Please select your home edition
Edition
Hall Spars Batten

Rolex Sydney Hobart; Current little help in the Great Southern Lottery

by Crosbie Lorimer on 25 Dec 2011
Wave Sweeper out practicing on Christmas Day - Rolex Sydney Hobart Yacht Race 2011 Crosbie Lorimer http://www.crosbielorimer.com
Betting on the Melbourne Cup is at best risky, but you can at least be assured you’ll know the full race conditions before they let the horses loose; by comparison a bet on the Rolex Sydney Hobart Yacht Race outcome is almost akin to buying a lottery ticket.

And never more so than this year, with a race forecast that has even the experts guessing.

Remarkably, a major sports betting agency has one punter opting for a race finish time at one day 19 hours, while the short odds appear to favour 2 days and 2 hours at $1.65 for the line hounours win.

Unsurprisingly, Wild Oats XI has the shortest odds for a line houours win, by a long margin from Investec Loyal, with Lahana and Wild Thing trailing at distance.

But that’s about the only part of this race where any sane person would punt a few bucks and even then the race could easily disappoint.

As to the handicap win, that’s one for the dartboard; pin the fleet list to the bullseye, don a blindfold and throw your arrows; take the result and head down to the betting shop; your odds of a win will be as good as any amount of weather analysis and form checking this year it seems.

A quick discussion with a couple of skippers and crew after the Bureau of Meteorology weather briefing on Christmas Eve morning made it clear that while the first six hours of the race seem relatively assured - a work out of the harbour and set the kite for a solid afternoon of 15-20 knot downwind angles – thereafter, who gets what and where all gets a bit hazy.

Quite when the northeasterlies will die away and the southerly change gradually build is still not clear, but most forecasts today suggest that this is likely to happen somewhere off Ulladalla late afternoon of Boxing Day, so the front end of the fleet may not get quite the lengthy sleigh ride they’d hope for to get clearance from the much-fancied fifty footers.

The northeasterly appears to persist further offshore for a few hours, but with a southwesterly predicted for Bass Strait, going wide is not an option.

Renowned ocean race navigator Stan Honey is aboard Anthony Bell’s 100 foot Investec Loyal for this year’s race and yesterday he too was unclear as to how the second half of the race was going to pan out for them,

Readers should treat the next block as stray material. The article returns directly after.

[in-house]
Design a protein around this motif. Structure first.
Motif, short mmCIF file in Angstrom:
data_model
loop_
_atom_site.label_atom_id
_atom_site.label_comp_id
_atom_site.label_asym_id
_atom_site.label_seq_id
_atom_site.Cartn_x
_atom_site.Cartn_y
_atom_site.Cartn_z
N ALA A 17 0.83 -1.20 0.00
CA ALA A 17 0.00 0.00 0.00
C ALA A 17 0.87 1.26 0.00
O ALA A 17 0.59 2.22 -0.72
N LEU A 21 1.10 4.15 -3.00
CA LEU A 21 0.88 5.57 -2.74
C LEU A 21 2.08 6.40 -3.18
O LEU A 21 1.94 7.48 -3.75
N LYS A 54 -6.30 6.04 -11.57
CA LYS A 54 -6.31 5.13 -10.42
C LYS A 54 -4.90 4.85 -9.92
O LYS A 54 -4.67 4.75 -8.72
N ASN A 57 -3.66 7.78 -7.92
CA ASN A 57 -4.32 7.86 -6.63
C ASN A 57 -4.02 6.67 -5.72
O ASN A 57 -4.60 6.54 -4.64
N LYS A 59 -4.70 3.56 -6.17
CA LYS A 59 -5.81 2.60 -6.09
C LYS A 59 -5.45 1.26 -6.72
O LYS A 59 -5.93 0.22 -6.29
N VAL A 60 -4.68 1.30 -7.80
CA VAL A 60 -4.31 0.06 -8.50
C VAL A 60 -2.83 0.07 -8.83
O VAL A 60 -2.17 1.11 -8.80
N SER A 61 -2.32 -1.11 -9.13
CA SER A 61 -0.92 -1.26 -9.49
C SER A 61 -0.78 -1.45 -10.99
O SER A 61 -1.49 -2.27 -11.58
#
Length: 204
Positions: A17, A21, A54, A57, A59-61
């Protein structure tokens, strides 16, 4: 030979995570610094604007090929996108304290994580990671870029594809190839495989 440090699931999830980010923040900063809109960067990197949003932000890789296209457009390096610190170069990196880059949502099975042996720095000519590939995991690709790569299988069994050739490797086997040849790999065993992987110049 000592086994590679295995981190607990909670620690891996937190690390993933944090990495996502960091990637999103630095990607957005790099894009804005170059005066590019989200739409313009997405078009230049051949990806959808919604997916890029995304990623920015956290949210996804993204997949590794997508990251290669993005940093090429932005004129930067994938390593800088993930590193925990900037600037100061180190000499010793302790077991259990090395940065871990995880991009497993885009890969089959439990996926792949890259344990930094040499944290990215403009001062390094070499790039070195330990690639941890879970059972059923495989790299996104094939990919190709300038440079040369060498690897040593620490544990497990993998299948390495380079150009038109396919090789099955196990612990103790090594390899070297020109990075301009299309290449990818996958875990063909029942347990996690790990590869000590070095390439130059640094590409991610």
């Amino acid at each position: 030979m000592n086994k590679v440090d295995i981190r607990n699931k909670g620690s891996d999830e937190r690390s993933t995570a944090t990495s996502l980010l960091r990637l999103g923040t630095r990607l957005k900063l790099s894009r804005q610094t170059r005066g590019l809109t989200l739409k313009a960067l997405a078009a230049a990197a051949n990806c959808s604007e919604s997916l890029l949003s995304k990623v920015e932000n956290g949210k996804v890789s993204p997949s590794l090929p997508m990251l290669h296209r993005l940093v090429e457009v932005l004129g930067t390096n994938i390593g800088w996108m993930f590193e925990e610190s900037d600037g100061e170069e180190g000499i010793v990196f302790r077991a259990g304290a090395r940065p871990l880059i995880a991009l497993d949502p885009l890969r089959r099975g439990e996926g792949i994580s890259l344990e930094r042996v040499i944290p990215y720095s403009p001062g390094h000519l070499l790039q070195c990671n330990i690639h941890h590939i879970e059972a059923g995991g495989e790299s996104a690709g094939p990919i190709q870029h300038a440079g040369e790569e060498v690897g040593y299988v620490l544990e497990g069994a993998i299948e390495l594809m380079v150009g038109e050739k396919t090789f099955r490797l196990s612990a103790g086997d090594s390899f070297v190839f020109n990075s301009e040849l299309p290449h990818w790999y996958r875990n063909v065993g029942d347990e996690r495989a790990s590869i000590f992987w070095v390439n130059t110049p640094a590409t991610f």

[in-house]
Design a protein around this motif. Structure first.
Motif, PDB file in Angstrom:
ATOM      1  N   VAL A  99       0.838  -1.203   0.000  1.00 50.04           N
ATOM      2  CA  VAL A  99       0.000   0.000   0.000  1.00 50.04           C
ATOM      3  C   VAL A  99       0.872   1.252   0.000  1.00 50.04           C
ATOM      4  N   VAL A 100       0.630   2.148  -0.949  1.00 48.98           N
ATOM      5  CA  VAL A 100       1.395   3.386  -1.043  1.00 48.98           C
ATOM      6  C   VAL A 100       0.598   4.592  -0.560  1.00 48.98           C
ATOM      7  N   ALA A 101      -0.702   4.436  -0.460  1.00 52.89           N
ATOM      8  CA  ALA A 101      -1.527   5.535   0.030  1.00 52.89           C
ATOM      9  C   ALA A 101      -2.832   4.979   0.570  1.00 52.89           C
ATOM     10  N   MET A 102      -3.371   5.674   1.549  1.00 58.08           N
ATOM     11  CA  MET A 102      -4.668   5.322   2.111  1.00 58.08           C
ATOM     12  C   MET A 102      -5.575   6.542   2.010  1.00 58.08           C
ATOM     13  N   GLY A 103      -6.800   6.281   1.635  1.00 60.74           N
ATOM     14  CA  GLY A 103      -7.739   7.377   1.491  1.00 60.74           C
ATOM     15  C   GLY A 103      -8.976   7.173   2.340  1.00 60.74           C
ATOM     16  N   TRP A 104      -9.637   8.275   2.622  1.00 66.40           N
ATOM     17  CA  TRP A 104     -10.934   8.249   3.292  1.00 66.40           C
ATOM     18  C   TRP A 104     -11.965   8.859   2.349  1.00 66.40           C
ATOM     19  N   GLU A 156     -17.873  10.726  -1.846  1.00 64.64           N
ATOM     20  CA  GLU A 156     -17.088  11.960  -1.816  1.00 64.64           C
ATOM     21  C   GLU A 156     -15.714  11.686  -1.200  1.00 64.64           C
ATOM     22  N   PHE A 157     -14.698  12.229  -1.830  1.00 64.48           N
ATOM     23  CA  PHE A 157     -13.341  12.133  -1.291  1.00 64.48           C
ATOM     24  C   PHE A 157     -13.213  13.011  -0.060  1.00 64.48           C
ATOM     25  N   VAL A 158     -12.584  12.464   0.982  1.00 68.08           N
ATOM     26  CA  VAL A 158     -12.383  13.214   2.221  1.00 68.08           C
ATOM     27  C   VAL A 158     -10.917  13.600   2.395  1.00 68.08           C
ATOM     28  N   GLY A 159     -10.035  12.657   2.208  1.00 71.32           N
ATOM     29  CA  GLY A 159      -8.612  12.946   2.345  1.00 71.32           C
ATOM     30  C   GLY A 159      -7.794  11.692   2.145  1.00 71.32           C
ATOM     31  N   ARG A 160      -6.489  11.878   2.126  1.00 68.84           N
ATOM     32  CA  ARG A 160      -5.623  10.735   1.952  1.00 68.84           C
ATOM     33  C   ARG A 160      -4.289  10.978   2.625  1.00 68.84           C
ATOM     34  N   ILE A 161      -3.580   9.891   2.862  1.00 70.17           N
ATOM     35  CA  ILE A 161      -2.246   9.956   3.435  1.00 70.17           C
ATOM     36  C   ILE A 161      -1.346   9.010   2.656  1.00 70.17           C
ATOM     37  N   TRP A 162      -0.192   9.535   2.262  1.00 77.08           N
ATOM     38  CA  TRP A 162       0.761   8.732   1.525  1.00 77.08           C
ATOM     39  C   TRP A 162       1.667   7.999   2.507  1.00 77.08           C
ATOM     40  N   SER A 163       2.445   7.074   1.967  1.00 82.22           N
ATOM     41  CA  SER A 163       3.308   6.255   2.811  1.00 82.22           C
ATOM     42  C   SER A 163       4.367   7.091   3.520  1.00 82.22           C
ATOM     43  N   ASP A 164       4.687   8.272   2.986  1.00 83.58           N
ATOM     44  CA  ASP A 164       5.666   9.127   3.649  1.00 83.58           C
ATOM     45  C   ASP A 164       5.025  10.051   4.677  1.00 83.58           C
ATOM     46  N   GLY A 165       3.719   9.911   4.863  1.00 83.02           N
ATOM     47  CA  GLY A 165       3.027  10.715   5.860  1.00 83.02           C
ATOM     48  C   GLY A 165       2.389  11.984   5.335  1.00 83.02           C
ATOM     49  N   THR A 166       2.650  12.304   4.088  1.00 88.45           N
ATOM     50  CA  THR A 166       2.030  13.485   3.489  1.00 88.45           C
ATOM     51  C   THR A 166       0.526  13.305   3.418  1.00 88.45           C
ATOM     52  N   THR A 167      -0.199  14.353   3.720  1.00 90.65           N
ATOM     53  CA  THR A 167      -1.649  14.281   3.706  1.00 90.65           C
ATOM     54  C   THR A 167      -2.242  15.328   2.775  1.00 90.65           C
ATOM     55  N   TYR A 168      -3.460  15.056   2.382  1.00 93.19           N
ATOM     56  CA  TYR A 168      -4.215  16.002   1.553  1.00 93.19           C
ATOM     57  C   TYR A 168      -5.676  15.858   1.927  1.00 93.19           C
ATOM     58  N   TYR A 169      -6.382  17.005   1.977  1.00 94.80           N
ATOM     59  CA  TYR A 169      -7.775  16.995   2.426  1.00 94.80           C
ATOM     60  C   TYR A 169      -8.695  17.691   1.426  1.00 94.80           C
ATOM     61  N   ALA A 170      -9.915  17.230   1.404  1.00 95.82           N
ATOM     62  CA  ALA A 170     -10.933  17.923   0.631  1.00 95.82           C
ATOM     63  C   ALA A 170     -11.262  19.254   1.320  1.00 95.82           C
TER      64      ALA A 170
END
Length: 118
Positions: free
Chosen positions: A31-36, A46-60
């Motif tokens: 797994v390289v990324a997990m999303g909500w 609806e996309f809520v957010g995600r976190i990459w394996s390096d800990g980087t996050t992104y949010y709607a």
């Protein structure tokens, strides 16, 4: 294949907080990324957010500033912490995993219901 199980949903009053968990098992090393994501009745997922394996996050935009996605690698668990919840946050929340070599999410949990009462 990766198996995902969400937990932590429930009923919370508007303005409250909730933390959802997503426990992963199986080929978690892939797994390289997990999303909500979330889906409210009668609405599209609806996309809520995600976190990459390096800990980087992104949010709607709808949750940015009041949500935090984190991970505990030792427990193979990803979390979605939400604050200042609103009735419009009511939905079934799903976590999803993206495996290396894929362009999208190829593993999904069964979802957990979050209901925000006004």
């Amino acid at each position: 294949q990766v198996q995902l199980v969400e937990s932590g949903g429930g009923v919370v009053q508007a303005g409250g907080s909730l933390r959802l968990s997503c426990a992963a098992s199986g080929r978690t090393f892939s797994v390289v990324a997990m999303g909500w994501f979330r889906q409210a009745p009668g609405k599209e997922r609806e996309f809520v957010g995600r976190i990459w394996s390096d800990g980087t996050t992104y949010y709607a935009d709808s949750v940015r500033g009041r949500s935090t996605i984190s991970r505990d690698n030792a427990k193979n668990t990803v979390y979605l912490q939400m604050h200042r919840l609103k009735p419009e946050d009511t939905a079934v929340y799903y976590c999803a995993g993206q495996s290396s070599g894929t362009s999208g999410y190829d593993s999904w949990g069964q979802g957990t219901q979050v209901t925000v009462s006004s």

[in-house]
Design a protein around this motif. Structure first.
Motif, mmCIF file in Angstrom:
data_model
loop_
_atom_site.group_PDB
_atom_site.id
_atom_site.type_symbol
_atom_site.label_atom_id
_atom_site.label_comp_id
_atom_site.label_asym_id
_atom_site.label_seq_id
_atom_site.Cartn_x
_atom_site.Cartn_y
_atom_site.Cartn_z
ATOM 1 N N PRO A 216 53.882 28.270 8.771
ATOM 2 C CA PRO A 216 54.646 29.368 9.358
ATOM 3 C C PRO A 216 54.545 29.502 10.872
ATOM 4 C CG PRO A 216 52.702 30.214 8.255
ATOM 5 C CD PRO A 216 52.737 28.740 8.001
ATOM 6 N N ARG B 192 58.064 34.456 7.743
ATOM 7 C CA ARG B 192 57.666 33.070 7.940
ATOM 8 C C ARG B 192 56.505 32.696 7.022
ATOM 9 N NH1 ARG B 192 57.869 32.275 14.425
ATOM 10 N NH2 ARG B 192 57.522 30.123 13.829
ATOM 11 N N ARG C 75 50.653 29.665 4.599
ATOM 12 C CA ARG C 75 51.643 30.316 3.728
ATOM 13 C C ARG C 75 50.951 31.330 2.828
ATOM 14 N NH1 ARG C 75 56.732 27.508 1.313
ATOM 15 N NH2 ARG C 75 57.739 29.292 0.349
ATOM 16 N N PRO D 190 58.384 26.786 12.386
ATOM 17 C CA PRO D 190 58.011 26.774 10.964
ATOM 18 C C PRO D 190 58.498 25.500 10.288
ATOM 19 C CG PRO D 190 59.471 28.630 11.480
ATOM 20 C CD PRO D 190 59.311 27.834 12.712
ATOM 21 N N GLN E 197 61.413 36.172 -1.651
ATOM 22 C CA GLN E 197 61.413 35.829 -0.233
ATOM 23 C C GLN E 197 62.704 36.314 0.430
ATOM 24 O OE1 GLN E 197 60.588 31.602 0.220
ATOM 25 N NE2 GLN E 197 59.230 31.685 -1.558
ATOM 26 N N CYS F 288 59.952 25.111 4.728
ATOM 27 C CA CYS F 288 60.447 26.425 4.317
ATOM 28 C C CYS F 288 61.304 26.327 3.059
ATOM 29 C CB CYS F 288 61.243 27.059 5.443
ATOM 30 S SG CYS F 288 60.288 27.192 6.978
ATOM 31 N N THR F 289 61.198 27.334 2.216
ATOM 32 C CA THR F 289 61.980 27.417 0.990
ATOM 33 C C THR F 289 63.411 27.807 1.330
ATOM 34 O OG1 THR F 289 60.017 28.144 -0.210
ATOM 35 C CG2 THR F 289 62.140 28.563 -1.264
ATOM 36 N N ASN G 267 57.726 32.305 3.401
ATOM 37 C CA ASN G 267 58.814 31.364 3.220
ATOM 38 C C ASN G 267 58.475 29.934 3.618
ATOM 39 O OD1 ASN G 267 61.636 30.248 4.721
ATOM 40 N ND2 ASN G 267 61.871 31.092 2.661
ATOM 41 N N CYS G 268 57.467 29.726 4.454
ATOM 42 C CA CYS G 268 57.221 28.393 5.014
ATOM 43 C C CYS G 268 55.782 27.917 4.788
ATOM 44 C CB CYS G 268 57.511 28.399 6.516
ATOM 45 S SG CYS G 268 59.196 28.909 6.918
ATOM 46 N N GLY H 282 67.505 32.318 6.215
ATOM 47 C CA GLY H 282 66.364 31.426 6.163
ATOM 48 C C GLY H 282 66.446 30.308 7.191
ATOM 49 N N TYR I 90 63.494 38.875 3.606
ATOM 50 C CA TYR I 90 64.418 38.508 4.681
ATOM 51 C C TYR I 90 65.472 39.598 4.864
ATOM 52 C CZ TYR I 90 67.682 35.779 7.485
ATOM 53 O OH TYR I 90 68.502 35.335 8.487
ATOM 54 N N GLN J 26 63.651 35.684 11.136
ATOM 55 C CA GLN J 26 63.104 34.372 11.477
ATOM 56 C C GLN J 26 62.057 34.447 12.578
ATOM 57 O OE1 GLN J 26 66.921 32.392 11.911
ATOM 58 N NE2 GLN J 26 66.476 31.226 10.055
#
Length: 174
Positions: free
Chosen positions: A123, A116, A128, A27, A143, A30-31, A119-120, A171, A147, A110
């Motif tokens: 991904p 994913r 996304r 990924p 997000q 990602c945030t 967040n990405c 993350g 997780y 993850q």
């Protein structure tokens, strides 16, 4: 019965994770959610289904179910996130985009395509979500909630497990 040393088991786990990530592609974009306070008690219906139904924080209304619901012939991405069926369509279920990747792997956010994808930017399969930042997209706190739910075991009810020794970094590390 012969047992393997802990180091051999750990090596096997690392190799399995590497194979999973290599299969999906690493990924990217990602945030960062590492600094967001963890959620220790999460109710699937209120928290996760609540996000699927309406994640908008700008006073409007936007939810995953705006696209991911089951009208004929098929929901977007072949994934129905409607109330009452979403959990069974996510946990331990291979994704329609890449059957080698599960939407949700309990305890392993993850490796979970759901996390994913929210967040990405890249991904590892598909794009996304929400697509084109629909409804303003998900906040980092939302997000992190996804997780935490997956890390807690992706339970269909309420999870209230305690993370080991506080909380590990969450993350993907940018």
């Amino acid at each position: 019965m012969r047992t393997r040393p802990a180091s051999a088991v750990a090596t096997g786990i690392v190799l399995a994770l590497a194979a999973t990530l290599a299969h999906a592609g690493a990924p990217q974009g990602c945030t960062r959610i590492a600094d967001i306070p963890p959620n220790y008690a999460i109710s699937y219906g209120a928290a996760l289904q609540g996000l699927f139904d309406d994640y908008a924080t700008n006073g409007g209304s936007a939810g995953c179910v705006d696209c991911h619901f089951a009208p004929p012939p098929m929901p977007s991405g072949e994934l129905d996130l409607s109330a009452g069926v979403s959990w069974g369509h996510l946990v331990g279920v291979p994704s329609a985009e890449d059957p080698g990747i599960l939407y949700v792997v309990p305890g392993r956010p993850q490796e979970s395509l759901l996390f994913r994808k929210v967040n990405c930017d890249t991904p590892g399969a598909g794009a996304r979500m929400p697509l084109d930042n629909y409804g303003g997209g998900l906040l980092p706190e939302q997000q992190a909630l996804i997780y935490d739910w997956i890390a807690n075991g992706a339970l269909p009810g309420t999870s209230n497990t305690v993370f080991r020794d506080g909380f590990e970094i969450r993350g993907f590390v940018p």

'Half way across Bass Strait there’s a lot of uncertainty' said Honey.

While the BoM and CSIRO don’t believe there are enough clear patterns to the Australian East Coast Current in the next few days to suggest a tactical gain by chasing south-going water, Honey believes there is in fact one area where the current will be helpful and that’s around Green Point.

'The reason the models are still a little inconsistent is that with this much cloud cover the thermal models can’t be tested. The altimetry models (measuring sea height, which varies with the speed of the current) suggest a favourable current off Green Point. I think you’ll find the models come into agreement on this over the next couple of days' Honey explains.

But in the pain-for-gain decision making process this one’s not much help anyway,

'With the strong south westerlies forecast for the top of Bass Strait you don’t get much advantage there' says Honey,

'Everyone’s going to want to be close to Green Point anyway at that juncture chimes in Ian ‘Fresh’ Burns, America’s Cup team design co-ordinator for BMW Oracle, possibly sixteen time Hobart racer ('I keep meaning to check that') and Wild Oats XI crew member.

A little over twenty four hours into the race and the wind directions off the East Coast of Tasmania wind clockwise through westerly to northerly, south of St Helens, before gradually swinging to all points of the compass and progressively dying out.

That scenario is going to be a challenge for the front runners who’ll want to be through ahead of that nightmare if they’re not to find the chasing TP52s hot on their heels.

When asked what he thought Wild Oats XI will do if they find themselves off the Tasmanian Coast in limited breeze, Burns confirms the tactics that any dinghy sailor would adopt when faced with the same scenario,

'first we’ve got to stay in pressure' he said 'and with these big boats eight to nine knots is enough to keep you going, but once the breeze is down to 5-6 knots they stop and the smaller ones keep rolling.'

Staying in eight to nine knots may yet prove tricky as Burns confirms 'there’s a bit of question mark over what’s going to happen with that front; it was up at 15-18 knots yesterday and today it’s down to under 10 knots. If that trend continues it will be down to zero in no time' he adds ruefully.

And all this before you even think about whether your arrival time will avoid the infamous Derwent River closedown.